Kimberly L. Blackwell, MD
The HER2-positive breast cancer space has seen a wave of novel treatments and FDA approvals.
In December 2017, the trastuzumab (Herceptin) biosimilar MYL-1401O (trastuzumab-dkst; Ogivri) was approved for patients with HER2-positive breast cancer and metastatic gastric or gastroesophageal junction adenocarcinoma, the same indications as trastuzumab. The biologics license application for MYL-1401O included results from the 2-part phase III HERiTAge trial, which was a randomized multicenter double-blind parallel-group study. Among women who received the biosimilar in combination with a taxane, MYL-1401O demonstrated an overall response rate (ORR) of 69.6% after 24 weeks. This was in comparison to a 64% ORR for patients who took trastuzumab plus a taxane.
The uptake on biosimilars has been slow, with some in industry, the community, and even physicians not fully understanding the utility or benefit of embracing biosimilars. The approval of the trastuzumab biosimilar may mark the beginning of a new era though, with experts such as Kimberly L. Blackwell, MD, predicting that they are here to stay.
There are a few novel agents coming down the pipeline, as well. The HER2CLIMB trial is currently investigating tucatinib (ONT-380), a novel small molecule HER2 inhibitor, in a triplet regimen (NCT02614794). The regimen is a dual targeted approach of tucatinib and trastuzumab with capecitabine in patients with unresectable locally advanced or metastatic HER2-positive disease with or without brain metastases.
Tucatinib may have the ability to penetrate the blood-brain barrier, says Blackwell. If so, this could be a promising agent and, considering its low toxicity profile, it provides the opportunity to be combined with chemotherapy.
Another novel agent in the pipeline is DS-8201, a HER2-targeting antibody-drug conjugate. It was found to be well tolerated in a phase I trial, and showed signs of activity in patients with HER2-positive breast cancer who were previously treated with ado-trastuzumab emtansine (T-DM1; Kadcyla). The ORR was 61.4%, including 1 complete response.2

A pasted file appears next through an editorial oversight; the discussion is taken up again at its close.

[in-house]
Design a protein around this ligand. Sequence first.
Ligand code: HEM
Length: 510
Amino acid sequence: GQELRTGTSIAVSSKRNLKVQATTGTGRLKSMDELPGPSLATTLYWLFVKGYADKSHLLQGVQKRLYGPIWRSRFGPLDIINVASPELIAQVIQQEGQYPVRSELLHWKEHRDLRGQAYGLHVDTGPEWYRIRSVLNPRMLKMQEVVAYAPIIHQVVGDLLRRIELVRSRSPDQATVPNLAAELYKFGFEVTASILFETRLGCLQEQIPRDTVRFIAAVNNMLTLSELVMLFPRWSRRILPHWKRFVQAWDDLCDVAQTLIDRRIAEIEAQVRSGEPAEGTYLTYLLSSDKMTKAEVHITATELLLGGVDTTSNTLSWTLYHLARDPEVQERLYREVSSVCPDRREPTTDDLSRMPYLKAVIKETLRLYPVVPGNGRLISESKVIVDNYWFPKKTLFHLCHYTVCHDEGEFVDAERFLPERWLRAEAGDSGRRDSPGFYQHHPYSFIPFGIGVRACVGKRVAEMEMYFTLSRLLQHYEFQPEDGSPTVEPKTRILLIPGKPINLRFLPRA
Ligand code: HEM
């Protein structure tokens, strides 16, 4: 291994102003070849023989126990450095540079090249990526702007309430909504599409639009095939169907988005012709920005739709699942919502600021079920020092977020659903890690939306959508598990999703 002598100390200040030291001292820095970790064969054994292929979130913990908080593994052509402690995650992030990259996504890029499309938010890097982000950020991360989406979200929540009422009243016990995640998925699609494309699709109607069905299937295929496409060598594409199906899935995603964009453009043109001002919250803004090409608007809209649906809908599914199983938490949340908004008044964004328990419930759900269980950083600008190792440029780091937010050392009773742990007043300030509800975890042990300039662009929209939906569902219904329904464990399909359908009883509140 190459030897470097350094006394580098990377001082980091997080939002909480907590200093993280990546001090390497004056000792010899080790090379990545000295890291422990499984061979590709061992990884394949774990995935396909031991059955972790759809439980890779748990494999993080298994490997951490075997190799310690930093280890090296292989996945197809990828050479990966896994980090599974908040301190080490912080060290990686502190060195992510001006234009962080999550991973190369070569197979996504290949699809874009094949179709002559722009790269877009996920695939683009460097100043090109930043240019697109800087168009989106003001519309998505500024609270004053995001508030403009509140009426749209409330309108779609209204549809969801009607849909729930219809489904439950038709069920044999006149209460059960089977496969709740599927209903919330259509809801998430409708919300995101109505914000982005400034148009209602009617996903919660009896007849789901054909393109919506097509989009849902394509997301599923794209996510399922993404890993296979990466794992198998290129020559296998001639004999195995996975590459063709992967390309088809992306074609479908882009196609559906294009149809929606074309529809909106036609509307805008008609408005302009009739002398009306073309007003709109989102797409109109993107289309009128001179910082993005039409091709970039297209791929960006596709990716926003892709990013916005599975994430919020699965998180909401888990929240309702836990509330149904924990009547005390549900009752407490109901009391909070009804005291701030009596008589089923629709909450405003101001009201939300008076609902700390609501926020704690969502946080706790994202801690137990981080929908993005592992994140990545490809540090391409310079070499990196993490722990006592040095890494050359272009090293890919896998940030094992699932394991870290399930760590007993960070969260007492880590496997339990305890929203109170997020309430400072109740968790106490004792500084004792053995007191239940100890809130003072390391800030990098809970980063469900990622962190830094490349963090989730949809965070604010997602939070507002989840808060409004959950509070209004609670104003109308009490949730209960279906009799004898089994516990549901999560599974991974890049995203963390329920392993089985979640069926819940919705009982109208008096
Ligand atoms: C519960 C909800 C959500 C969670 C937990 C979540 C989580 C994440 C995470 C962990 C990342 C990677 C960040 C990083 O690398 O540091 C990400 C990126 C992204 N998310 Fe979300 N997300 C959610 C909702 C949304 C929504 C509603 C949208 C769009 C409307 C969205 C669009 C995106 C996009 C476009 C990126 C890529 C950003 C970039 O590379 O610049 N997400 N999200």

DS-8201 was granted a breakthrough designation by the FDA in August 2017.
In an interview with OncLive
, Blackwell, a medical oncologist at Duke Cancer Institute, discussed these novel agents and other recent advancements in the treatment paradigm of HER2-positive breast cancer.
OncLive: What are your thoughts on the data reported with tucatinib in patients with brain metastases?
: Tucatinib is one of the most exciting agents out there in the investigative space that is trying to improve on current therapies for HER2-positive breast cancer. The data out of the 2017 San Antonio Breast Cancer Symposium evaluated giving tucatinib, a small molecule inhibitor very specific against HER2, prior to a patient receiving whole-brain radiotherapy in patients who are facing brain metastases.
In these HER2-positive patients who had tumors in the brain, there was an ORR prior to radiotherapy and, to me, that is very exciting and tells me that maybe we can kick the “radiation can” down the road. Particularly, we could move whole-brain radiation therapy further down the patient's treatment course and use these very tiny small-molecule inhibitors to treat HER2-positive breast cancer with brain metastases.
The other thing that most of us are excited about with tucatinib is that it differentiates itself from the other inhibitors, such as neratinib (Nerlynx) and lapatinib (Tykerb), and even some of the ones that we use outside of the breast cancer space.
[Tucatinib] is such a pure small molecule inhibitor that doesn’t have some of the side effects that are problematic for patients, including the most problematic one, which is diarrhea. To my knowledge, the rash that patients receive while they are taking tucatinib is of much less intensity than what we see with some of the other HER2 inhibitors.
It is a very exciting drug because it appears to work and get into the blood-brain barrier space, and it looks like its toxicity profile is quite nice, with very low incidence of diarrhea and rash. The low side effect profile is going to make this a very exciting drug to combine with standard chemotherapy, as well.
Tucatinib is currently being looked at in the HER2CLIMB study. Can you share some insight on that trial?
HER2CLIMB is actively accruing patients and it is a great study design. It is taking patients who have metastatic HER2-positive breast cancer and comparing a regimen that many of us use—capecitabine plus trastuzumab—to capecitabine, trastuzumab and tucatinib. Hopefully, the addition of this 1 tucatinib pill will make the combination of capecitabine and trastuzumab work longer and not add a lot to the toxicity profile.